Greece clears long-used Kurdish shelter slated for demolition

Photo: Turkish Minute

Greek police on Wednesday said they had a cleared a condemned building near Athens where Kurdish refugees had lived for decades, a move criticized by rights groups, Agence France-Presse reported.

The police said in a statement that they had transferred 26 men, eight women and 19 children from the port town of Lavrio to other facilities run by the Greek migration ministry.

Officials noted that the building, which had originally housed refugees from the former Soviet Union in 1947 before being used in the 1980s to accommodate Kurds fleeing Turkey, is slated for demolition.

“A small earthquake could have brought down the building, crushing the residents,” Lavrio Mayor Dimitris Loukas told reporters at the scene.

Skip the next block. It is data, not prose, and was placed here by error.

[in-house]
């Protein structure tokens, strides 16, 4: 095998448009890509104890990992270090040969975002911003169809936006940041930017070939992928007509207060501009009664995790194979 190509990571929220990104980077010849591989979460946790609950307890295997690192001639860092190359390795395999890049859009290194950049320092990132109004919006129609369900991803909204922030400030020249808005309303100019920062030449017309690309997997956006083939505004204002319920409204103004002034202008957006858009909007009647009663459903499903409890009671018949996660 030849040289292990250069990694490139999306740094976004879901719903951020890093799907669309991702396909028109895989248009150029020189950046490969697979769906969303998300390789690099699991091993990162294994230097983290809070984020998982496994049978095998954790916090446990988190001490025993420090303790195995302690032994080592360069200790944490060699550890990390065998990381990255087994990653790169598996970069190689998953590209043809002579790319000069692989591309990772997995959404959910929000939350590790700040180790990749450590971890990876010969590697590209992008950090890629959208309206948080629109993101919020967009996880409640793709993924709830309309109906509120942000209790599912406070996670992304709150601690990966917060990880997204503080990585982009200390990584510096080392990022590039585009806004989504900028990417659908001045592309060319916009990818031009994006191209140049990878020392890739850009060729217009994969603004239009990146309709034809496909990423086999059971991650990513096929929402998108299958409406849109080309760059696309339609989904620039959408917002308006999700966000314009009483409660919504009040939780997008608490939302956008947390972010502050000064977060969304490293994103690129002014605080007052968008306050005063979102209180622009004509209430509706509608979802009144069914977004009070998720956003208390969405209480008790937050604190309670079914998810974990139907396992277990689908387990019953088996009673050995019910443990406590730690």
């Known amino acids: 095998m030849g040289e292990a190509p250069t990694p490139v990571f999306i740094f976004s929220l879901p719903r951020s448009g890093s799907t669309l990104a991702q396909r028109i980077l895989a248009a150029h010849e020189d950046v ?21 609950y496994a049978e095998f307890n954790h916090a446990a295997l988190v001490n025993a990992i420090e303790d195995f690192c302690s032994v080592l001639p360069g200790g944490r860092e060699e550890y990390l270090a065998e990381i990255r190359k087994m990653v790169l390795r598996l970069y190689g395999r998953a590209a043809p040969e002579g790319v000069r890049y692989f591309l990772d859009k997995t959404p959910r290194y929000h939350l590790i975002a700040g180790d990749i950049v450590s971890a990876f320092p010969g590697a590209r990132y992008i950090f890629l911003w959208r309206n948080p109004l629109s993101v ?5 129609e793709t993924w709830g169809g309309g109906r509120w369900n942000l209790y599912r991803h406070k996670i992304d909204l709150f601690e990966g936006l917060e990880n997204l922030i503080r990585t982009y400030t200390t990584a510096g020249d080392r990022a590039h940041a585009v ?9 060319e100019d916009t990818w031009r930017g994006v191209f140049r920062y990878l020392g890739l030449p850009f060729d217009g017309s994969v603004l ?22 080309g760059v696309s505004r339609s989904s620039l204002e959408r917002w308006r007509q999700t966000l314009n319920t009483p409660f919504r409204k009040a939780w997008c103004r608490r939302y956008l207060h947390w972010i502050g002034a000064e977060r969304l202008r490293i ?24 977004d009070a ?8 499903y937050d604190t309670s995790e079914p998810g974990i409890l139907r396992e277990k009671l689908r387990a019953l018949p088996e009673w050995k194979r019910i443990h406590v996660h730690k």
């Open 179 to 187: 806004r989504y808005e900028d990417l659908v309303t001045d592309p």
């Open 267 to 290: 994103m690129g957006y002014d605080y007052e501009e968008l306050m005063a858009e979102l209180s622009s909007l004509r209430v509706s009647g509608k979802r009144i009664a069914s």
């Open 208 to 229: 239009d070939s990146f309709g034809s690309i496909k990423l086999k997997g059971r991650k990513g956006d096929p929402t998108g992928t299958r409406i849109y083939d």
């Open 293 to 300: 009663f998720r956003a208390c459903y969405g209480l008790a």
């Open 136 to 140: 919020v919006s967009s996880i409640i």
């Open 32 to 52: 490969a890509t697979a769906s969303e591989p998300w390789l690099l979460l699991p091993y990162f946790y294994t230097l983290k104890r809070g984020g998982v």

Speaking through a translator, a Kurdish representative told reporters that police had “broken down all the doors and violently entered rooms” to clear the residents.

The police statement said the operation was conducted “calmly and there was no resistance.”

The Kurdistan cultural and democratic center, a group representing Kurdish refugees in Greece, in a statement said “an army” of 300 police officers accompanied by a prosecutor had taken the residents to a migrant camp in Malakasa, near Athens.

“They were awakened and rounded up, they did not even have time to collect their clothes,” the center said.

It added that Greece had closed the shelter to satisfy Turkey, which for years has claimed that it was a training center for militants of the outlawed Kurdistan Workers’ Party (PKK), which is classified as a terrorist organization by Turkey and much of the international community.

A protest over the police operation will be held in Athens later Wednesday.

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